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Am J Physiol Heart Circ Physiol. 2005 Nov;289(5):H1898-907.

Regional ventricular wall thickening reflects changes in cardiac fiber and sheet structure during contraction: quantification with diffusion tensor MRI.

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Cardiovascular Magnetic Resonance Laboratories, Department of Medicine, Washington University, St Louis, Missouri, USA.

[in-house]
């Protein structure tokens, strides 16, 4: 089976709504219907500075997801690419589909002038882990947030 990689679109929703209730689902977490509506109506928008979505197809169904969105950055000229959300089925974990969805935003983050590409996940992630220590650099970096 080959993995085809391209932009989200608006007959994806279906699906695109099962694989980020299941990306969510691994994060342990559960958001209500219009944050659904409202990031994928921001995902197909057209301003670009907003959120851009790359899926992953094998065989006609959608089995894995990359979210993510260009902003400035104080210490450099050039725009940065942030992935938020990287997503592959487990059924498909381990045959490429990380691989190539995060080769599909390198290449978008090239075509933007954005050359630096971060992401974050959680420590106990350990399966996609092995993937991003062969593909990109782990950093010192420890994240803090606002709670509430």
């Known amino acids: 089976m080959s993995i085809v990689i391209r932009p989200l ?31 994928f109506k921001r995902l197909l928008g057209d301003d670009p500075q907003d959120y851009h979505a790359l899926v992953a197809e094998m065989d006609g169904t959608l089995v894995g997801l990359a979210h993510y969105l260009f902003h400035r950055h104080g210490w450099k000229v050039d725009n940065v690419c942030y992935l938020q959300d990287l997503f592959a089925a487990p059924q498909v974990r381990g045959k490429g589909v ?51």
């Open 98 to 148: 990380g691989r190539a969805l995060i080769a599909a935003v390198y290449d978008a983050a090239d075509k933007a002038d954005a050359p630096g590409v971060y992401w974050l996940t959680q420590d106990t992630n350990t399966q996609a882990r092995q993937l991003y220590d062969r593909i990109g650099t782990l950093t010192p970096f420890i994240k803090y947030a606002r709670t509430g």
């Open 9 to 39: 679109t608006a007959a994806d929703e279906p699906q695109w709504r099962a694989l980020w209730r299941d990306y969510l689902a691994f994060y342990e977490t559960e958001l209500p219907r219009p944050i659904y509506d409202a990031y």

Dynamic changes of myocardial fiber and sheet structure are key determinants of regional ventricular function. However, quantitative characterization of the contraction-related changes in fiber and sheet structure has not been reported. The objective of this study was to quantify cardiac fiber and sheet structure at selected phases of the cardiac cycle. Diffusion tensor MRI was performed on isolated, perfused Sprague-Dawley rat hearts arrested or fixed in three states as follows: 1) potassium arrested (PA), which represents end diastole; 2) barium-induced contracture with volume (BV+), which represents isovolumic contraction or early systole; and 3) barium-induced contracture without volume (BV-), which represents end systole. Myocardial fiber orientations at the base, midventricle, and apex were determined from the primary eigenvectors of the diffusion tensor. Sheet structure was determined from the secondary and tertiary eigenvectors at the same locations. We observed that the transmural distribution of the myofiber helix angle remained unchanged as contraction proceeded from PA to BV+, but endocardial and epicardial fibers became more longitudinally orientated in the BV- group. Although sheet structure exhibited significant regional variations, changes in sheet structure during myocardial contraction were relatively uniform across regions. The magnitude of the sheet angle, which is an index of local sheet slope, decreased by 23 and 44% in BV+ and BV- groups, respectively, which suggests more radial orientation of the sheet. In summary, we have shown for the first time that geometric changes in both sheet and fiber orientation provide a substantial mechanism for radial wall thickening independent of active components due to myofiber shortening. Our results provide direct evidence that sheet reorientation is a primary determinant of myocardial wall thickening.

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